One more week, one more review! The Rookie 4×13 “Fight or Flight” is…a disappointment. It’s a transition episode that doesn’t advance the plot and in which the important story, the one that is most worth telling, is diluted by secondary storylines. In short, it’s an episode with good intentions but one that, ultimately, doesn’t do much. Time for a review!
Here we go!
The Rookie 4×13 “Fight or Flight” is a transition episode that could have been one of the best episodes of the season and has become one of the worst. This is so because it hasn’t focused on what is important, it hasn’t been a clear condemnation of the issues with the justice system, that was left in the background and what was in the foreground is a teenager piloting an LAPD helicopter, for good reasons, but still.
The really important story of The Rookie 4×13 “Fight or Flight” is that of that man wrongly accused of killing a cop and how, because of the situation the system placed him in, he ended up trapped in that system. But that story is diluted by secondary stories that are given more importance than this.
Yes, my heart was touched to learn why that teenager stole the LAPD helicopter. He fought for his mother, for his family, but it’s not believable to us that a teenager steals an LAPD helicopter and they have no other way to stop him other than to complete the tasks he tells them to do.
The story of the robbery and murder was entertaining but it was more filler than anything else. The really important story that the episode should have focused on is the story of the Black man wrongfully accused of murdering a cop. And in The Rookie 4×13 “Fight or Flight” this story didn’t get the time nor the importance it deserved.
Unfortunately, this story is not the exception in the system. No one listened to this man, no one took the time to think about the case and assess all the evidence. They just saw that he was a man, Back and from a bad neighborhood and everyone thought “guilty.”
Aaron is the only one who takes the time to listen to him, despite the damage that may do to his career as a police officer, because he knows how that feels. He understands how it feels to be looked at and see a murderer, Aaron knows how it feels to have no one believe you and to be alone…that’s why he fights to the end, even when he can’t get that man out of jail. Because, at least, everyone will know that he’s innocent of killing a cop and they can start looking for the real killer.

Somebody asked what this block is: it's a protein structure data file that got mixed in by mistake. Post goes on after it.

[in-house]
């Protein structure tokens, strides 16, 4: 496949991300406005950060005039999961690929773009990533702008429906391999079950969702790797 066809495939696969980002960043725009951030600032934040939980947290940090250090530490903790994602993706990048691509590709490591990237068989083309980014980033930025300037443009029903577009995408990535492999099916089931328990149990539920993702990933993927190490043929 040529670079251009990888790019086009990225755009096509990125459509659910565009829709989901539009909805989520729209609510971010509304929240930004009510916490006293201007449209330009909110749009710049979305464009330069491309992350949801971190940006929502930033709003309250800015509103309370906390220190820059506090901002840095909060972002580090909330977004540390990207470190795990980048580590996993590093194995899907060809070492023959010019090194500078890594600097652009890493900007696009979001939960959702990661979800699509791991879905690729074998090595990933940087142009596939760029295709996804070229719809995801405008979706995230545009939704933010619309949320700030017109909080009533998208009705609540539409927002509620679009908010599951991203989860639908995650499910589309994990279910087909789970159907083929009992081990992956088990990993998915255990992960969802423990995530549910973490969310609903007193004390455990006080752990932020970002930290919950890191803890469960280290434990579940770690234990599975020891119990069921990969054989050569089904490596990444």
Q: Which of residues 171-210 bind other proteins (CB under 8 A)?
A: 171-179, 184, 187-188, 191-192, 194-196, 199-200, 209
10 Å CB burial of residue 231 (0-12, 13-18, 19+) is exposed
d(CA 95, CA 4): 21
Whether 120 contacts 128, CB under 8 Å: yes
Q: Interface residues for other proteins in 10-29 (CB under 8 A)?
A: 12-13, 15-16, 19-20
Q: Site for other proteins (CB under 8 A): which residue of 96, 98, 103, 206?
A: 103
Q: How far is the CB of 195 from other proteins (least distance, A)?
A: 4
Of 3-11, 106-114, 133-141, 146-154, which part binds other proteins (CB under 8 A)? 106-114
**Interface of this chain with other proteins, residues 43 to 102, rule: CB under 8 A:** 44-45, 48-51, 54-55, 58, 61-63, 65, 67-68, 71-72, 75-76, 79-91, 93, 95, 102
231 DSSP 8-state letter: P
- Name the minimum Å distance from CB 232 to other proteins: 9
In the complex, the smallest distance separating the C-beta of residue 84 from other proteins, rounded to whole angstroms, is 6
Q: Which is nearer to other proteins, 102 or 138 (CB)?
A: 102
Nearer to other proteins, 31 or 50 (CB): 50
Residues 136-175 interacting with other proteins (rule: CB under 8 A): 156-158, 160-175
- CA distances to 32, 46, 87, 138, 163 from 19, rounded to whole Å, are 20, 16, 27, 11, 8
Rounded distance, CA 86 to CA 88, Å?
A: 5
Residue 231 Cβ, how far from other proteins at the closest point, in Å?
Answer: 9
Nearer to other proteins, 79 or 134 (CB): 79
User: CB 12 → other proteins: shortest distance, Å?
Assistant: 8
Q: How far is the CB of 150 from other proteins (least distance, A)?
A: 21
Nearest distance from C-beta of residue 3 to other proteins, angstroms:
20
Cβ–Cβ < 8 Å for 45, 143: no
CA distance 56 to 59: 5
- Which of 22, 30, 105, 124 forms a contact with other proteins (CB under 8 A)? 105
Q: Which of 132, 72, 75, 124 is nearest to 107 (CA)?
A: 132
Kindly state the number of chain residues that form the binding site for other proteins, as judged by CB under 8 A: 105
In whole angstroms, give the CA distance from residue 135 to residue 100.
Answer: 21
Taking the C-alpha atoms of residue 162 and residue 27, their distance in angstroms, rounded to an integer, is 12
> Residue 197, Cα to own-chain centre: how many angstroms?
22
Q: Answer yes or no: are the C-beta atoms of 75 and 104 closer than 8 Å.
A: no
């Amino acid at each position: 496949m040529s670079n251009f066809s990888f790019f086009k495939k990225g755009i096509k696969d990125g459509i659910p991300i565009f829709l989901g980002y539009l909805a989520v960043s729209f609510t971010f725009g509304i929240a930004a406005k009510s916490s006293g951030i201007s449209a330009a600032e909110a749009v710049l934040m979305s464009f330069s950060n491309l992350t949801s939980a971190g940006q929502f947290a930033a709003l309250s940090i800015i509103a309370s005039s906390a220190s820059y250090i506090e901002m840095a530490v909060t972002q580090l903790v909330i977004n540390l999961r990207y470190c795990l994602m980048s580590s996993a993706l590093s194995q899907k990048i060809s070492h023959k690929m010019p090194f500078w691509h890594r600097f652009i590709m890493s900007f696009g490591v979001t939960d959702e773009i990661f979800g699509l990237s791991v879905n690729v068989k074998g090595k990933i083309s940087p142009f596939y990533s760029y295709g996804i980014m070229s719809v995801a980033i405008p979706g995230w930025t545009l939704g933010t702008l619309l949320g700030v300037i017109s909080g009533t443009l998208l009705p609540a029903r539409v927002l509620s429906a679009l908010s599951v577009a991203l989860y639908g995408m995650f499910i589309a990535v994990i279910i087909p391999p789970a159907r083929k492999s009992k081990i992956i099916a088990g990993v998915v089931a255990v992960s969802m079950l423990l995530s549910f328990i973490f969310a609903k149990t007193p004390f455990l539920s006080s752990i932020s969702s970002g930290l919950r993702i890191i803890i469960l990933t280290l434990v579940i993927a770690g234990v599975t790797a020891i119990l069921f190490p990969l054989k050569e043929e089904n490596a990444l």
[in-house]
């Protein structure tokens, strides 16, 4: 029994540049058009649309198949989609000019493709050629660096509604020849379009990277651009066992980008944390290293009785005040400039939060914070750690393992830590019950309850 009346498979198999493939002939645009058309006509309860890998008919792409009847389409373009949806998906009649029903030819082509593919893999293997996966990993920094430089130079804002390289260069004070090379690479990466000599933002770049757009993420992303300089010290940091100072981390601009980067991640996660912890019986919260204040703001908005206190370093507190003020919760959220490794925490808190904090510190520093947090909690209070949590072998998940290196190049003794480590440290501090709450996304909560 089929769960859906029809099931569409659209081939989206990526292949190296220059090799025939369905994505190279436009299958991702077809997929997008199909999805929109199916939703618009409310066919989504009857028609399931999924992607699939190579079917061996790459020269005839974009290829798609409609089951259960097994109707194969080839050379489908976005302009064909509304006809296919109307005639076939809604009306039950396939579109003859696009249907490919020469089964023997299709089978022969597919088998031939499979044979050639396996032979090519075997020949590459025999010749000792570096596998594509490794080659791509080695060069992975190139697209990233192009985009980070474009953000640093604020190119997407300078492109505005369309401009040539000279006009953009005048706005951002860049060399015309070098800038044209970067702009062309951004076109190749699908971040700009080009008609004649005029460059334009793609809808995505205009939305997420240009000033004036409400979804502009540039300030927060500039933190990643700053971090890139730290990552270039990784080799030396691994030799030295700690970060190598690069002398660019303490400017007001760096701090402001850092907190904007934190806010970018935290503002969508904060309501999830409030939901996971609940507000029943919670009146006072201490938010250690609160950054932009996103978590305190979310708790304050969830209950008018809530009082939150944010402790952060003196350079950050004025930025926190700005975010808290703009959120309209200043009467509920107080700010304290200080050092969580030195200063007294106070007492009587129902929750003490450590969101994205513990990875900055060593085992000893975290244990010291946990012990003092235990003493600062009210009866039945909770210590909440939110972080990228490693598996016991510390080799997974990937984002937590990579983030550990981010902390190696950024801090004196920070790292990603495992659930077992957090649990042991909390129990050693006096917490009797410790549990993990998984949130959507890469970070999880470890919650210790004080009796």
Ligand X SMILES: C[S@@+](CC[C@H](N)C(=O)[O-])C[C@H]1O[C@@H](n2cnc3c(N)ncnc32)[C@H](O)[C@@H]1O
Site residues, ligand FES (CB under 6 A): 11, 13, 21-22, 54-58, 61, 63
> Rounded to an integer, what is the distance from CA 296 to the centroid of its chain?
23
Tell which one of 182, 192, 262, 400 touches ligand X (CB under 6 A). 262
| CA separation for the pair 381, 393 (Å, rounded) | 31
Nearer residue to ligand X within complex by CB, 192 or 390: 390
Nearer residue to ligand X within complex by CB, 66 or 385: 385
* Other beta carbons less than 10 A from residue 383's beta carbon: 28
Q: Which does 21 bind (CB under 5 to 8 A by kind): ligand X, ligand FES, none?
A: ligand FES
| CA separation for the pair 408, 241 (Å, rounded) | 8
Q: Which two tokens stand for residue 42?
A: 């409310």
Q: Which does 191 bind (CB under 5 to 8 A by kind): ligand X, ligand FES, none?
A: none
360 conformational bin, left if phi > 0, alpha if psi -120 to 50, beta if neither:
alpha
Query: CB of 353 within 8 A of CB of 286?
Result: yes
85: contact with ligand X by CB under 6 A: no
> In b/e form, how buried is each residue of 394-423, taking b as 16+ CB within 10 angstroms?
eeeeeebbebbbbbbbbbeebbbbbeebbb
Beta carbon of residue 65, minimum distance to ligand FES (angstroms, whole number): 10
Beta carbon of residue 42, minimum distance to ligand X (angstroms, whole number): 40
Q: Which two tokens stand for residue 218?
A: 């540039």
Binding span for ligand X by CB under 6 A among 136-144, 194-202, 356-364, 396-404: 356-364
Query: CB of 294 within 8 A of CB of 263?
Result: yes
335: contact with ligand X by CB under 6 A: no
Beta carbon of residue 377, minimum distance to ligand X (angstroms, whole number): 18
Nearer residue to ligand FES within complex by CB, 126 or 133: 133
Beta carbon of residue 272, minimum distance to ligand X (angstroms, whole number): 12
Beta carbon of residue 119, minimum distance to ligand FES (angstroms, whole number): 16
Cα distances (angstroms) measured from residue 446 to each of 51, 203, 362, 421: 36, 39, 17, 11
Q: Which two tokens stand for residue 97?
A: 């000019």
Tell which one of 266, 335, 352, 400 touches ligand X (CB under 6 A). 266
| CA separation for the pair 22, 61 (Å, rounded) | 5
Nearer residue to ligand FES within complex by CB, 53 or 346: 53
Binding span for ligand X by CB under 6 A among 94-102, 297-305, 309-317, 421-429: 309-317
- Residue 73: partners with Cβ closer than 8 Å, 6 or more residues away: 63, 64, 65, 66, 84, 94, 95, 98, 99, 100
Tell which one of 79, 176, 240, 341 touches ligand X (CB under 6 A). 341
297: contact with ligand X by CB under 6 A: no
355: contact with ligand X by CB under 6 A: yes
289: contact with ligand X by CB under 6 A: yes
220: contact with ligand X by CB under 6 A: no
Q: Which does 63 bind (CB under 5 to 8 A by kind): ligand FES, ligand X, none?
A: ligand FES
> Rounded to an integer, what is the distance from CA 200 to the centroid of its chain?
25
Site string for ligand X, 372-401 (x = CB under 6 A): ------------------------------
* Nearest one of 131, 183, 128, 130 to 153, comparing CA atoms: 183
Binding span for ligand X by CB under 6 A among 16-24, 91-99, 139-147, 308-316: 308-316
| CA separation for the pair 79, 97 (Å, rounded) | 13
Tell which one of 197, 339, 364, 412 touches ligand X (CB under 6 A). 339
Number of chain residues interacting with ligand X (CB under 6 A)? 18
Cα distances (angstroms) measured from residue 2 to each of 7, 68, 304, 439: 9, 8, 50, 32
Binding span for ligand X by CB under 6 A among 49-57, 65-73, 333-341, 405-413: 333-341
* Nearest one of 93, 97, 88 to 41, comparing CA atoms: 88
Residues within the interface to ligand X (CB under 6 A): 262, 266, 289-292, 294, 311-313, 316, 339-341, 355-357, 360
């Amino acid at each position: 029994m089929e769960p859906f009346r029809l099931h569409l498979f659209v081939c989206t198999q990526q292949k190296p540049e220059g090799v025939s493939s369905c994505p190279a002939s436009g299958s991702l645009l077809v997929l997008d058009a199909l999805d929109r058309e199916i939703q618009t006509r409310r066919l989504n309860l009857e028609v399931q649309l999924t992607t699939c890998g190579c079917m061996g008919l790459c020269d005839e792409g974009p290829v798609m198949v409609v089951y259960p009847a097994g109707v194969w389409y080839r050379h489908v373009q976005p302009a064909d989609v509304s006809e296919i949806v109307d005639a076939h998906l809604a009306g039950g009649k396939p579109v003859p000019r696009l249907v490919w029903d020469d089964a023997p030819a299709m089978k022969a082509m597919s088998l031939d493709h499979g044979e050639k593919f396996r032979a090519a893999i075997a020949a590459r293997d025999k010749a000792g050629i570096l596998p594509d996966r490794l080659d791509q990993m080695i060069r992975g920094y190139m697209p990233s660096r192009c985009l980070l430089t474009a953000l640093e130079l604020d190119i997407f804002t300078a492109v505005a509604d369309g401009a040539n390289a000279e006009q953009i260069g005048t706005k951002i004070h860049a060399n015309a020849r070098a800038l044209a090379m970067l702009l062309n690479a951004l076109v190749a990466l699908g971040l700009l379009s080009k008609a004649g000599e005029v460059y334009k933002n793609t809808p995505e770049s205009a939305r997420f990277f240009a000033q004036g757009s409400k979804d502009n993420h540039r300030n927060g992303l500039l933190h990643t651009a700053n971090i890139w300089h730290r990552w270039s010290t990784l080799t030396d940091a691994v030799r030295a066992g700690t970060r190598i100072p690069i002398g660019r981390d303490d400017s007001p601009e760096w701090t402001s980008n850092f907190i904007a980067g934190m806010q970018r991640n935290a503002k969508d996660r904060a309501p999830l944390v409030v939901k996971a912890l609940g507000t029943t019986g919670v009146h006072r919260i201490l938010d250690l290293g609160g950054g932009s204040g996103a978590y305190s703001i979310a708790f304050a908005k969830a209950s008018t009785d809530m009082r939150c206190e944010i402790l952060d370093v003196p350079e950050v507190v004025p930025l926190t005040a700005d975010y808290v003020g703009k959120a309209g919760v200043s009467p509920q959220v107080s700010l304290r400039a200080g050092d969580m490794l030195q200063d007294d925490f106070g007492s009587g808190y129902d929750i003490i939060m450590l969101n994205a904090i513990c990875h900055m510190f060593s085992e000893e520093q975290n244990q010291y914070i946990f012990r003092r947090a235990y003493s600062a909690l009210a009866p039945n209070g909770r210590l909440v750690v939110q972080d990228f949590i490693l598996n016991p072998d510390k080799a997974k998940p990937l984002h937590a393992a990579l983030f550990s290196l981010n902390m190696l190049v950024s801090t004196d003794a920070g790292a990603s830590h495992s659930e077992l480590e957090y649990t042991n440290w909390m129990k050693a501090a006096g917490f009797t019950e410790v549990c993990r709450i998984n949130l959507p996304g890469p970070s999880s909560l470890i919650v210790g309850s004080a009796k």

At least, the system will be able to shame itself a little for exposing an innocent man to a violent world that forced his hand.
And I’d like to talk about Nyla’s attitude about all of this. She’s nothing if she’s not protective of her rookies. Of course, she wants to figure out if this man is innocent or not, so she lets Wes and James into that room, but she wants to protect Aaron from the consequences of this man’s possible lies. That’s why she’s so good as a supervisor because she puts her partner, her protégé, above all else.
Later, she doesn’t understand why Aaron wants to go through with this. In the end, the man, innocent of the murder or not, will stay in jail, so the result will be the same and nothing will change. But she is wrong, everything will change. They would prove a man’s innocence, clear him of a crime he didn’t commit, and expose the system to its contradictions.
And Nyla doesn’t get it until she talks to Aaron. She didn’t go through what Aaron went through, so she doesn’t understand how important it is for people to know the truth, but when Aaron talks to her, Nyla understands. She understands that this is important and she is willing to help in any way necessary. And we love her for it.
PS: Who’s up to hug Nyla and tell her it’s going to be okay?